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I want to show the function $ \tan(\pi x - \frac \pi2) $ is one-to-one if x $ \in (0,1) $. But an argument I would normally use to prove a function is one-to-one (letting $ \tan(\pi x_1 - \frac \pi2) $ = $ \tan(\pi x_2 - \frac \pi2) $ and then showing $ x_1 $ = $ x_2 $) doesn't seem to work.

I was hoping someone could give me any suggestions.


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up vote 1 down vote accepted

The derivative is defined (exists) and positive on $(0.1)$, so the function is increasing over the interval.

Remark: The argument does not work over larger intervals, since then the derivative does not always exist, although it is always positive where it exists.

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Thank you very much. – mkeachie Oct 2 '12 at 5:02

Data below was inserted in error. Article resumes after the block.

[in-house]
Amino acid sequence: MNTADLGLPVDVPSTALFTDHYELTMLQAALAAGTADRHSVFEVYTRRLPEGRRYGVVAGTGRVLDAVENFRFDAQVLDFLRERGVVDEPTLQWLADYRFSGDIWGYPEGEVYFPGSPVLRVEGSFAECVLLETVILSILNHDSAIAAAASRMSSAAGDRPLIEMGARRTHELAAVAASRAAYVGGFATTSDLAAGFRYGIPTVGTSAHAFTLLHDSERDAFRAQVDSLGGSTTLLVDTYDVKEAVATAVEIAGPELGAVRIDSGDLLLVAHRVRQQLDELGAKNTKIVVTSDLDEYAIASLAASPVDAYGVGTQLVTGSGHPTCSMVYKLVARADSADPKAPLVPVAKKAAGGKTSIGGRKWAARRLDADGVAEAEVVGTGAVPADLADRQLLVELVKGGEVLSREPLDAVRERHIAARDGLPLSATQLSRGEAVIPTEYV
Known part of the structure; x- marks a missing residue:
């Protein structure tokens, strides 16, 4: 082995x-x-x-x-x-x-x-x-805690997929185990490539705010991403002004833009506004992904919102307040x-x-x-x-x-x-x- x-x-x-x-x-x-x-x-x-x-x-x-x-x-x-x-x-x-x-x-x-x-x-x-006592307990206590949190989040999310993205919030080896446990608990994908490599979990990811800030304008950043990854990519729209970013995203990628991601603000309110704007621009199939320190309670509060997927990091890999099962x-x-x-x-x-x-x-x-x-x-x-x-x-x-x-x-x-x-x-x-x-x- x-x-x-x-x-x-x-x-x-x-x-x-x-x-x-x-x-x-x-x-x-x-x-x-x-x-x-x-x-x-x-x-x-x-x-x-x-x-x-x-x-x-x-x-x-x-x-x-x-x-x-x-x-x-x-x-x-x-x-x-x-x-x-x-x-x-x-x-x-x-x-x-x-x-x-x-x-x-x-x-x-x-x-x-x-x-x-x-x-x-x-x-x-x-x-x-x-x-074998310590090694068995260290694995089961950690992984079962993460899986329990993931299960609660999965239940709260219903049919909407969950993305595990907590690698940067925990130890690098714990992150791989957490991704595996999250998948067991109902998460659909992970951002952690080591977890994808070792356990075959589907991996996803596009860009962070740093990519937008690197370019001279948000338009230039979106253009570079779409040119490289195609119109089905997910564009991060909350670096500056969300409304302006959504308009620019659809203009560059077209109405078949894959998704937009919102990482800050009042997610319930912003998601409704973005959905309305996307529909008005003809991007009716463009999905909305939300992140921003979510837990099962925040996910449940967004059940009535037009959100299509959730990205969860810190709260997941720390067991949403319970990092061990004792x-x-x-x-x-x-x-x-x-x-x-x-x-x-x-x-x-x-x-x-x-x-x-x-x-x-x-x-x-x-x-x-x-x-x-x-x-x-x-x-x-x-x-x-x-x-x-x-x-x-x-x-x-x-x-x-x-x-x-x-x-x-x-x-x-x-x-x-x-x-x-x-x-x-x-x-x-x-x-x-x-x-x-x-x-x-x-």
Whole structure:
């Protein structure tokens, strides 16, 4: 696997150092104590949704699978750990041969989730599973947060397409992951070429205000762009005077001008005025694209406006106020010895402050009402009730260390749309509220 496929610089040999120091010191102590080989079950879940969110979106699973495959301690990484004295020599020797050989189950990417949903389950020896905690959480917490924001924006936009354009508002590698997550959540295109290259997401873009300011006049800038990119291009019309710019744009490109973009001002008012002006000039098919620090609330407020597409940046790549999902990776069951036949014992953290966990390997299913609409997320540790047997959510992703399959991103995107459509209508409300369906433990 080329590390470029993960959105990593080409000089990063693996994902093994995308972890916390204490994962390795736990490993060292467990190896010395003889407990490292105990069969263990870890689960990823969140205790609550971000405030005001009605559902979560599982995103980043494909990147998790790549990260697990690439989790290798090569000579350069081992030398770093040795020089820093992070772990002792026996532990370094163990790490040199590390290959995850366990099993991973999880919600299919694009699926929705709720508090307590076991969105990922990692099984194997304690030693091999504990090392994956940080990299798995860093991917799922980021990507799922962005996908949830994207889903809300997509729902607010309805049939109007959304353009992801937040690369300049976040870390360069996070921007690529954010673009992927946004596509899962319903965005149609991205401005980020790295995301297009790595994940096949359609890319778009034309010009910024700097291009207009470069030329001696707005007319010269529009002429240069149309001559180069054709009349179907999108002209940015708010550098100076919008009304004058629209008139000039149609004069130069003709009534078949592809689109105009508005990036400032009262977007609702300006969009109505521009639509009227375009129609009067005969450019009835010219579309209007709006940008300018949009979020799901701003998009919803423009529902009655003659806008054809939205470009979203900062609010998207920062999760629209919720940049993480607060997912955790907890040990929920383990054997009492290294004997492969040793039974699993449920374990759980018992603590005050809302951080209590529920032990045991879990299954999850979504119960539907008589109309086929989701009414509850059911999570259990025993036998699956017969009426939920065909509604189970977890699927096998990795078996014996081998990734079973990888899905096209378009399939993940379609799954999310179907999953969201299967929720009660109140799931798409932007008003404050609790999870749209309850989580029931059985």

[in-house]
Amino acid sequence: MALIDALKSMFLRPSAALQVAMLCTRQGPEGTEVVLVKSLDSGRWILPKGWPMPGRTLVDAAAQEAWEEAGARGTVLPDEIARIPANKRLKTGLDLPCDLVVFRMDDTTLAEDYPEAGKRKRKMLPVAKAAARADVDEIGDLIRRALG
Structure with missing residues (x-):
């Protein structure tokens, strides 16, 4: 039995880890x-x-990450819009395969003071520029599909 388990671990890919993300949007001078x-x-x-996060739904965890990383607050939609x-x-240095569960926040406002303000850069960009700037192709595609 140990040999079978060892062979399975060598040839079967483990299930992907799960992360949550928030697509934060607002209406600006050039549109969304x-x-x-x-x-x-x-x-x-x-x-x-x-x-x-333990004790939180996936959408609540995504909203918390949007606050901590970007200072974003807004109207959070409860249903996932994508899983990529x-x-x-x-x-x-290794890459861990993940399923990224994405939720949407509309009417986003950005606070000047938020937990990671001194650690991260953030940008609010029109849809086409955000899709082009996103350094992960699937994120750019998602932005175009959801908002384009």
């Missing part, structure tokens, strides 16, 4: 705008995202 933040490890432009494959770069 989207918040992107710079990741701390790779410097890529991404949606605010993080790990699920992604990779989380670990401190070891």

If $x\in(0,1)$, then $0<x<1$, so $-\frac{\pi}2<\pi x-\frac{\pi}2<\frac{\pi}2$. Note that $\tan\theta$ is one-to-one on the interval $-\frac{\pi}2<\theta<\frac{\pi}2$: each $\theta$ determines a unique line through the origin making an angle $\theta$ with the positive $x$-axis, the point $\langle 1,\tan\theta\rangle$ is on that line, and these lines meet only at the origin, so these points are all distinct, and therefore the values of $\tan\theta$ are all distinct.

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